D. GRIGGS (1); (1) Crisp Malting Group, Fakenham, U.K.
Consumers of filtered bottled beers expect the product to be bright and clear when poured into a waiting glass. In order to ensure that the beer remains bright and clear throughout its shelf life, it’s normally necessary for the brewer to undertake the process of colloidal stabilization by either cold-conditioning to force haze formation that can then be removed by filtration or to use processing aids to remove potential haze-forming proteins or reactive polyphenols. Using Clear Choice malt brings significant benefits to the brewer, as the malt is produced from barley varieties that do not contain proanthocyanidins. This group of flavonoid polyphenols are major contributors to non-biological haze potential, and their absence makes for far easier and economic colloidal stabilization. Data are presented comparing barley and malt quality for conventional varieties versus Clear Choice and for key quality indicators for beers brewed with conventional malt versus those brewed with Clear Choice malt.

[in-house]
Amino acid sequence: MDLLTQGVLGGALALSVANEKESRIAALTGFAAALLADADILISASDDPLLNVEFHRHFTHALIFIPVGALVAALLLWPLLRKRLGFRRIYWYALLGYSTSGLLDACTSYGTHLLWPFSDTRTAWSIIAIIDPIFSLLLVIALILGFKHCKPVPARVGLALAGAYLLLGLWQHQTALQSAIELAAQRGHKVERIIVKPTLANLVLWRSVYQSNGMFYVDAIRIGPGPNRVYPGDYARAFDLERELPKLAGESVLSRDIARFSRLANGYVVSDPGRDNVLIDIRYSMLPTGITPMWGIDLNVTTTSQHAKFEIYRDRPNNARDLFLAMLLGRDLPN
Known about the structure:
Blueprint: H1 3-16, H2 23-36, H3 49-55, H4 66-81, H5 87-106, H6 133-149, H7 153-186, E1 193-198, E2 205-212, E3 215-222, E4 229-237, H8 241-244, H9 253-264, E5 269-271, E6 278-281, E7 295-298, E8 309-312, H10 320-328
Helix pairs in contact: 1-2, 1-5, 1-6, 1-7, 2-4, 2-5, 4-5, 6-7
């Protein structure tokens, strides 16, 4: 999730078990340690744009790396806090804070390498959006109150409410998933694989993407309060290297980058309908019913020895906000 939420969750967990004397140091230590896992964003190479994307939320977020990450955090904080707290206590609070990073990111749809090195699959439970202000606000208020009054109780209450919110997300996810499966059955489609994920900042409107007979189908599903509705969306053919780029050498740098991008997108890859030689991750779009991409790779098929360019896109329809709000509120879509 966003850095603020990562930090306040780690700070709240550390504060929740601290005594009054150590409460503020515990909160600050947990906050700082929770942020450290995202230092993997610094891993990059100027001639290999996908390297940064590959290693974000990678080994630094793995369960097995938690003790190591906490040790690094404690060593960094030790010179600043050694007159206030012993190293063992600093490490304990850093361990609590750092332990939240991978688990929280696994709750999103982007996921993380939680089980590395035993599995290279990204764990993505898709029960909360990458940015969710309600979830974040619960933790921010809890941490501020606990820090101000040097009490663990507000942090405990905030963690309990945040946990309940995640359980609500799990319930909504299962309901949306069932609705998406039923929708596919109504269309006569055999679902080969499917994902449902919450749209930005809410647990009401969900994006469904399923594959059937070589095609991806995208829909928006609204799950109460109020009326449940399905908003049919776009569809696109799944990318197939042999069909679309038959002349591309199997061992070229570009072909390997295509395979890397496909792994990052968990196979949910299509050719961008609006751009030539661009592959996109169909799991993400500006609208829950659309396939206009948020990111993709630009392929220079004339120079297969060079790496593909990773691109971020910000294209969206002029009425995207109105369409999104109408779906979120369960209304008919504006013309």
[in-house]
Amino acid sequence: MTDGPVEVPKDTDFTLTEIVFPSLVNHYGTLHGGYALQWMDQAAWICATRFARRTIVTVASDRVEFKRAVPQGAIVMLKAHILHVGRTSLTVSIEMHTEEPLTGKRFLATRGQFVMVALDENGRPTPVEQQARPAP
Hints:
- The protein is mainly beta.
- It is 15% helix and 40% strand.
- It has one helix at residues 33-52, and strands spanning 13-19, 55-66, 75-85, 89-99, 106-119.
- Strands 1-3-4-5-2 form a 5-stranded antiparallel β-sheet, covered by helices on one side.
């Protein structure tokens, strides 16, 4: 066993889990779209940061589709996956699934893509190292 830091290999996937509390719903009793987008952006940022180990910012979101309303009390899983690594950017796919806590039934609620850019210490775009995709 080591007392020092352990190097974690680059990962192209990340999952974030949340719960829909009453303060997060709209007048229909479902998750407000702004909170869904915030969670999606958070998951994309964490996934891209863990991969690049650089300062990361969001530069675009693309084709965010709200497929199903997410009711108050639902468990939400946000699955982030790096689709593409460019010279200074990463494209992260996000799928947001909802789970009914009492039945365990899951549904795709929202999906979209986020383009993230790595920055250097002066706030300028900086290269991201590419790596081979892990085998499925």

David Griggs graduated with a degree in industrial biology and then undertook doctoral research in plant biochemistry at the University of Bristol. He joined the malting industry in 1990 and worked in a number of technical roles for Pauls Malt, Greencore Malt, and Boortmalt before joining Crisp Malting Group in March 2013 as project director. Dave is an IBD diploma brewer, MAGB master maltster, and malting diploma examiner; has chaired the IBD Malting Barley Committee; and is currently chair of the MAGB Technical Committee.